The World Bank has decided that it is not in keeping with its mission to get involved in the emerging global debate on the Tamilfu patent held by the Swiss pharmaceutical giant Roche and that could be broken under the 'compulsory licencing' rules of the World Trade Organisation (WTO).

WORLD: From Bad to Worse: IFC Safeguards
Bretton Woods Project
June 13th, 2005
Devastating impacts of IFC-supported projects on people and the environment, and irresponsible company practises continue to highlight the serious shortcomings of the institution's environmental and social safeguards.

INDIA: Spice Farmers in Misery
by Sunil RamanBBC news
May 13th, 2005
Thousands of spice farmers in India are in the midst of a major crisis, threatening one of the country's best known trades.

EUROPE: Loses Sugar Appeal at W.T.O.
by Tom WrightNew York Times
April 29th, 2005
The World Trade Organization's highest court issued a final ruling Thursday ordering the European Union to stop illegally dumping subsidized sugar on global markets or face punishment.

LATIN AMERICA: AIDS Patients See Life, Death Issues in Trade Pact
by Marla Dickerson and Evelyn IritaniLA Times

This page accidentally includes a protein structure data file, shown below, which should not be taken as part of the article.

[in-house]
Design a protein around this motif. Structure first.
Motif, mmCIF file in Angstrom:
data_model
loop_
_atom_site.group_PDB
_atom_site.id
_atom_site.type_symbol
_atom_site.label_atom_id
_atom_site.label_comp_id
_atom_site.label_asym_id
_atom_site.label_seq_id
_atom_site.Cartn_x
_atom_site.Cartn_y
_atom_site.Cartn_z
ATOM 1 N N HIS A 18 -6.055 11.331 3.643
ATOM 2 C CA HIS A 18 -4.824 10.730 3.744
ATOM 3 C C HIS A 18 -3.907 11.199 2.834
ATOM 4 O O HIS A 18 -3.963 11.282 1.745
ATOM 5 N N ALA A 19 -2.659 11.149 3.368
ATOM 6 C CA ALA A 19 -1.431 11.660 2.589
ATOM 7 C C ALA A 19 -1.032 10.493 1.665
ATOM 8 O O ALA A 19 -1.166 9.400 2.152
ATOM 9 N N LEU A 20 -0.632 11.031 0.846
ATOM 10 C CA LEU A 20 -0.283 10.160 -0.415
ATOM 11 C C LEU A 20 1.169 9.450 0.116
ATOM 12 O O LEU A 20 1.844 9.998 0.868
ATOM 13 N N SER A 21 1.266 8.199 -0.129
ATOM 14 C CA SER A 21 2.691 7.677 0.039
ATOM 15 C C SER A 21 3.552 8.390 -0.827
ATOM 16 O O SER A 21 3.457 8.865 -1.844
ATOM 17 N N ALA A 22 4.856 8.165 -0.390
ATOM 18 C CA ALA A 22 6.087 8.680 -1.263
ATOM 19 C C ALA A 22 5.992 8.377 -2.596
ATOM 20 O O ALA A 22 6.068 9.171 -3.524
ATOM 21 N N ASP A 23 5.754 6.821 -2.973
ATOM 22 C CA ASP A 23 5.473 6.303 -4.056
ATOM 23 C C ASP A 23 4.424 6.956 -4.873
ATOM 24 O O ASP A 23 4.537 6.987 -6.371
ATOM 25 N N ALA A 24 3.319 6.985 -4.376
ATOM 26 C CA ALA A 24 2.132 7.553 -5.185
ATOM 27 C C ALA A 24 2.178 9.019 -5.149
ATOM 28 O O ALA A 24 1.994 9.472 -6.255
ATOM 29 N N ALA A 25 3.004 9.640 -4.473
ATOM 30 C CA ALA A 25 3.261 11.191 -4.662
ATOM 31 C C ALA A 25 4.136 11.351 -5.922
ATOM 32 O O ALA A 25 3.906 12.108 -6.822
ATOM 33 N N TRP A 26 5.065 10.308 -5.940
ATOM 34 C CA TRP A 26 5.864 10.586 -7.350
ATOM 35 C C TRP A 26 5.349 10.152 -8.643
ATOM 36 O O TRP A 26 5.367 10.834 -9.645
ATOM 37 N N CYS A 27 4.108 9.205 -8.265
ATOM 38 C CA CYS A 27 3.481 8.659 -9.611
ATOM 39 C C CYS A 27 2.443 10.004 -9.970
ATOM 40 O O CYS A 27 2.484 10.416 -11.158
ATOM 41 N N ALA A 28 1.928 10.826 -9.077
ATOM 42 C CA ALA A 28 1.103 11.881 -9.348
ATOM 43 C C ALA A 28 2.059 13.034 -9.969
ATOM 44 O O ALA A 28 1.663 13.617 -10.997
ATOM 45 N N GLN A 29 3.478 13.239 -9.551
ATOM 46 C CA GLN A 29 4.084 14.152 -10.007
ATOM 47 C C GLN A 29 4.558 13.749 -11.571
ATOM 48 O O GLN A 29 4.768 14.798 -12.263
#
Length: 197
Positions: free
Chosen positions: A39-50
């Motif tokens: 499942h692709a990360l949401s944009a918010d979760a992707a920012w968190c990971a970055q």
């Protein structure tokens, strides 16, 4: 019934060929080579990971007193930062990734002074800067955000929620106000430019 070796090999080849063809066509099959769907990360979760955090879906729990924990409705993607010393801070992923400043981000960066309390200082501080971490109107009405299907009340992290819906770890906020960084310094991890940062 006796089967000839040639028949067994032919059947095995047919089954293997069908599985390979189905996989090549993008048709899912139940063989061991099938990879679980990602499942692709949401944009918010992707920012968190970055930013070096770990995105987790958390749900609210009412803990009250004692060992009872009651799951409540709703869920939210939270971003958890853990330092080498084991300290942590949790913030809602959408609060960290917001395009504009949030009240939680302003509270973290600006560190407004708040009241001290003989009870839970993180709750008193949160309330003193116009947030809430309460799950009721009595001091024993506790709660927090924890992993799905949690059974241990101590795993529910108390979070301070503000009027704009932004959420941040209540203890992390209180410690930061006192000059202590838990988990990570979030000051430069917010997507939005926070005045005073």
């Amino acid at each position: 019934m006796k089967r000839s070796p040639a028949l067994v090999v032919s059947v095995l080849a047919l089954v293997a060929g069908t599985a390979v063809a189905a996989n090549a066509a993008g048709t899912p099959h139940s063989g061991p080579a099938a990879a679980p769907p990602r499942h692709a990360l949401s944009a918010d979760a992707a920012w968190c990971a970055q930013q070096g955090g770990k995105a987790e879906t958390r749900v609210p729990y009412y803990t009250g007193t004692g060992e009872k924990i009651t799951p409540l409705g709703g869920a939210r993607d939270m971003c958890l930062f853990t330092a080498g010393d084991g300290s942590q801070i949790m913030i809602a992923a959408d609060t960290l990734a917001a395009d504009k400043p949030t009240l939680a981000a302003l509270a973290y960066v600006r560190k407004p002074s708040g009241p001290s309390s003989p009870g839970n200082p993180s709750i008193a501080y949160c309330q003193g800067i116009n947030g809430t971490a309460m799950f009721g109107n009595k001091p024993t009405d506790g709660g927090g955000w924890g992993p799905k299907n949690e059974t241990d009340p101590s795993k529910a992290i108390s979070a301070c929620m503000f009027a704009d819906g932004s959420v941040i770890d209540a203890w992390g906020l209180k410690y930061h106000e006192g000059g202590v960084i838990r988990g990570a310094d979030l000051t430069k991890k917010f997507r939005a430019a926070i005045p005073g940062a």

April 22nd, 2005
Under CAFTA American pharmaceutical giants would gain a five-year edge on the development of new drugs by low-cost competitors. Generic versions of name-brand drugs are the main weapon for battling the AIDS pandemic in the developing world.

LAOS: Massive Dam Project Could Backfire
by Emad MekayIPS
April 8th, 2005
A new dam funded by the World Bank and the Asian Development Bank (ADB) and hailed as a windfall for Laos may end up doing more harm than good to one of the world's poorest nations and its vulnerable farmers, several independent development groups say.

LATIN AMERICA: Banana Producers Go to WTO
by Raphael Minder and Frances Williams Financial Times
March 30th, 2005
Ecuador and four other Latin American banana producers sought World Trade Organisation arbitration on Wednesday in their dispute with the European Union, raising the prospect of another long trade battle over the EU's banana import regime.

BOLIVIA: Not A Drop To Drink
by  Kelly HearnThe American Prospect